Hope Behind Bars

How a Sailors' Society chaplain helped imprisoned seafarers to survive


After being held hostage by pirates for 10 months, taking the helm of an anti-piracy
vessel felt like the perfect job for Captain Dudnik Valentyn.

Little did he know that a worse ordeal was yet to come...

“Seafarers
must
be
protected
and
it’s
an
incredible
shame
that
in
the
21st
Century,
there
is
still
the
threat
of
piracy”

The Ukrainian captain took command of the Seaman Guard Ohio in June 2013. The ship transported security guards – also known as “sea angels” – to ships travelling through dangerous piracy hot-spots.


Having recovered from being shot and kidnapped by Somali pirates, he was eager to start a job that would prevent others from going through a similar trauma.

But the appeal of the new job was sadly short-lived. Just four months after Dudnik joined the crew, things turned sour when the ship entered Indian waters.

“The military coastguard of India approached the ship to check it and we were ordered to proceed to anchorage at the port of Tuticorin,” he says.

“The weather was awful and it wasn’t possible for officers to board the ship and check it. When we arrived at anchorage, we were ordered to go to the port. I asked if we were arrested, I was told we weren’t.

“About 70 people turned up, police and other military types and for six days we were checked but nothing could be found. We were then taken to hospital for check ups.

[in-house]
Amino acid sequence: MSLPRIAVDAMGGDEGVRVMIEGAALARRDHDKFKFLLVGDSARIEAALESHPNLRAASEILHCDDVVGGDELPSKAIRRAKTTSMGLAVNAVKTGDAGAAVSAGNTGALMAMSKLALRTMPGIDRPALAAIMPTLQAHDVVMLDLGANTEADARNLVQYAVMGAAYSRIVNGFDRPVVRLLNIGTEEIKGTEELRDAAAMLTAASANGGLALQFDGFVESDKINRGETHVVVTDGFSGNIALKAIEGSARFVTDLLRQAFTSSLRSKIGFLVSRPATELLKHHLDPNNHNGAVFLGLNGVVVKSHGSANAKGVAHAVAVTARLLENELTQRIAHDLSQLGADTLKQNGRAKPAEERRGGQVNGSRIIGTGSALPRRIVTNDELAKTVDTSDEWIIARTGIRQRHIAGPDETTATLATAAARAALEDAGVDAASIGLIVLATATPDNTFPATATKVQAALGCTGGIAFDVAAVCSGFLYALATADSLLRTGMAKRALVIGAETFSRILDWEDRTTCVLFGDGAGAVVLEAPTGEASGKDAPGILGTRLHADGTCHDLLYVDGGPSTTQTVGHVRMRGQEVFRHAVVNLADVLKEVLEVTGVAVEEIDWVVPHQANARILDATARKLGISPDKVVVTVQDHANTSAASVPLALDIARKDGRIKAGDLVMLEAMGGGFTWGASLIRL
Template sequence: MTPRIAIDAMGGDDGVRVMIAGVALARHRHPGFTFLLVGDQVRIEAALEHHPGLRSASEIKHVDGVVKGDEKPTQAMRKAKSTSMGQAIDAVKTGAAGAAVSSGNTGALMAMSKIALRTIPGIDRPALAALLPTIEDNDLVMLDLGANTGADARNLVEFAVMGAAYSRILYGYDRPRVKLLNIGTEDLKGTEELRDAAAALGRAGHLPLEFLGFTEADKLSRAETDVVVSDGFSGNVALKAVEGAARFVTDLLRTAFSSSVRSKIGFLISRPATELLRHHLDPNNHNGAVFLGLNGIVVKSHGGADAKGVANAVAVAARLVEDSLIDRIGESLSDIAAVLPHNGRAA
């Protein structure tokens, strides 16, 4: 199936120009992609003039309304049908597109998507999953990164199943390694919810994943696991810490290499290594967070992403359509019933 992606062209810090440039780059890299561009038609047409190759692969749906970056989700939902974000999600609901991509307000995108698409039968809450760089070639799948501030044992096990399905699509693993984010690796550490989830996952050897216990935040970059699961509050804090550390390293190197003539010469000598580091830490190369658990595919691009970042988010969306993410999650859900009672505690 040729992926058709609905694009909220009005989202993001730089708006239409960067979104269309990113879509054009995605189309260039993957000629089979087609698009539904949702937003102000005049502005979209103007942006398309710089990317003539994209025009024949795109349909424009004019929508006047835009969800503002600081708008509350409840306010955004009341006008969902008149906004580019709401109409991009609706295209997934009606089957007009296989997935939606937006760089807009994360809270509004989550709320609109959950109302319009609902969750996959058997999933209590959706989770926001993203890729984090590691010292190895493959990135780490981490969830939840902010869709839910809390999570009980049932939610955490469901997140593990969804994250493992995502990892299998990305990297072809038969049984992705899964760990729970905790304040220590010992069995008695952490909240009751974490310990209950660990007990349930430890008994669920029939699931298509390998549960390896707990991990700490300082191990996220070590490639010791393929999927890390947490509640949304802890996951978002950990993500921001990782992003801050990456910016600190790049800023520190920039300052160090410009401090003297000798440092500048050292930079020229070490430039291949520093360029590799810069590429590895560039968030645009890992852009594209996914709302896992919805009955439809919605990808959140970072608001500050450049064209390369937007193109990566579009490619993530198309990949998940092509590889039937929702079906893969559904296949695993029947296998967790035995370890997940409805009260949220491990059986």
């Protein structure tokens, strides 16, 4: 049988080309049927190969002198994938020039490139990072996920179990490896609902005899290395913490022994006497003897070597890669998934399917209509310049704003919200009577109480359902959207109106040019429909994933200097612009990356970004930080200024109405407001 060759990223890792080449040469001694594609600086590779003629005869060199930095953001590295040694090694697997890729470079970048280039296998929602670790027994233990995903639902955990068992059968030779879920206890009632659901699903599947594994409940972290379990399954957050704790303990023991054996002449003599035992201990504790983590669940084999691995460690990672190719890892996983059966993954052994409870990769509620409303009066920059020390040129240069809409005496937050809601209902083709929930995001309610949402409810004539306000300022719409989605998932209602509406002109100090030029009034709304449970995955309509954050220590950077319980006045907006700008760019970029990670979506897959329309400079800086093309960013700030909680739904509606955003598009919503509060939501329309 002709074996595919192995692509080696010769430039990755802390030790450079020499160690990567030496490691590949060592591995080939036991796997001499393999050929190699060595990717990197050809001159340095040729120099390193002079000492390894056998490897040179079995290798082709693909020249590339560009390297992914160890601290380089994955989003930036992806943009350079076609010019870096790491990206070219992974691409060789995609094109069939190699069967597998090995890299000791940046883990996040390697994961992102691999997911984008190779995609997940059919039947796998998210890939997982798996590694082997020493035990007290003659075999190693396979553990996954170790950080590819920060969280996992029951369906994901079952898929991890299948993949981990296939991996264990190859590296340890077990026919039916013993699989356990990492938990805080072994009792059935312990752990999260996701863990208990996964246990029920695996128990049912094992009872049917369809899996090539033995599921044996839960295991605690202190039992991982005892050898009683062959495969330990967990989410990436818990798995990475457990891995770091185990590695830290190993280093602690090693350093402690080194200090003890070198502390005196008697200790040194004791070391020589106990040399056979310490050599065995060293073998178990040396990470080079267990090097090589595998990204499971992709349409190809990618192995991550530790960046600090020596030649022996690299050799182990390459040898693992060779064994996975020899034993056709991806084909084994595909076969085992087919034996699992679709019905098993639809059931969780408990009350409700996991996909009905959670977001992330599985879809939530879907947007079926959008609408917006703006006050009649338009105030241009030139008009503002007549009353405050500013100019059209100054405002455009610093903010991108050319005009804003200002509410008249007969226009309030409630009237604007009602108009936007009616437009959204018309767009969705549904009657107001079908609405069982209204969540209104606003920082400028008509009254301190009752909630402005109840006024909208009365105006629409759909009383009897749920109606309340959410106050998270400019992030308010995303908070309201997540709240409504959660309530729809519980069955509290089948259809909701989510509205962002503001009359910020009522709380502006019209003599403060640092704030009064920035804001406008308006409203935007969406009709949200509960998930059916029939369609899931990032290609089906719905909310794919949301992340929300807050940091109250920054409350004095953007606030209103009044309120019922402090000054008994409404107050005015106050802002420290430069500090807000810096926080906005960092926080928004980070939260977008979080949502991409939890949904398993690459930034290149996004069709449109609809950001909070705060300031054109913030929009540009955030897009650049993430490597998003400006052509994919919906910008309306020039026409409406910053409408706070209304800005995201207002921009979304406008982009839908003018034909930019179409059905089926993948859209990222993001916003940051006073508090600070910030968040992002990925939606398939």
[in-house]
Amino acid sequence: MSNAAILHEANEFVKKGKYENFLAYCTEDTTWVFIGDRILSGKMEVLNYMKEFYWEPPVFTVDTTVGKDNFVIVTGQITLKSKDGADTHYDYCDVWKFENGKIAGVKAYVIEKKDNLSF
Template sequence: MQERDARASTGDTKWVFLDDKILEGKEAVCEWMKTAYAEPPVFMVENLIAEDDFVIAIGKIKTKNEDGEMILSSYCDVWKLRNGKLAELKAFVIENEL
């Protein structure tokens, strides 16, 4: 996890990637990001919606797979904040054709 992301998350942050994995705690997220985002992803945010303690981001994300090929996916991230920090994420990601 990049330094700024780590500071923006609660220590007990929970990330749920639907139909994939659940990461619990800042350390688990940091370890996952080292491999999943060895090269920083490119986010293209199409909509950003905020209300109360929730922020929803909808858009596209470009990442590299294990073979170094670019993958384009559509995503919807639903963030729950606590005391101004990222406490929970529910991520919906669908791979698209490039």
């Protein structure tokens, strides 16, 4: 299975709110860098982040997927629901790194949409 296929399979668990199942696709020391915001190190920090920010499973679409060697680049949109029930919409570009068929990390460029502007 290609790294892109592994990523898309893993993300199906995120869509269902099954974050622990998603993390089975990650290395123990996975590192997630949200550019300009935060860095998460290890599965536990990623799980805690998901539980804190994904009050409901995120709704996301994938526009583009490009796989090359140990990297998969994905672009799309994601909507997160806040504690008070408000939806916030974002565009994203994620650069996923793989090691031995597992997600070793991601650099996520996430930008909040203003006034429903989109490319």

“That’s
when
they
threw
us
in
prison.
They
didn’t
even
allow
us
to
call
a
lawyer”

All of the ship’s 35-strong crew were arrested on suspicion of transporting arms without the correct paperwork and illegally obtaining fuel – charges they denied.

“We did nothing illegal and I wanted to believe that it would be resolved quickly and we’d be released from jail,” says the captain.

“I was not scared for myself. I had survived piracy, survived being shot many times when they demanded money I didn’t have to give them. But I was afraid for my crew, because I was responsible for their safety, for their lives.”

The ship’s cook, Jagdish Semwal, called his wife, Laxmi, and their four children, when they arrived in port.

The eldest, 15-year-old daughter Suman, says her father initially didn’t appear concerned and was looking forward to coming home to Mumbai.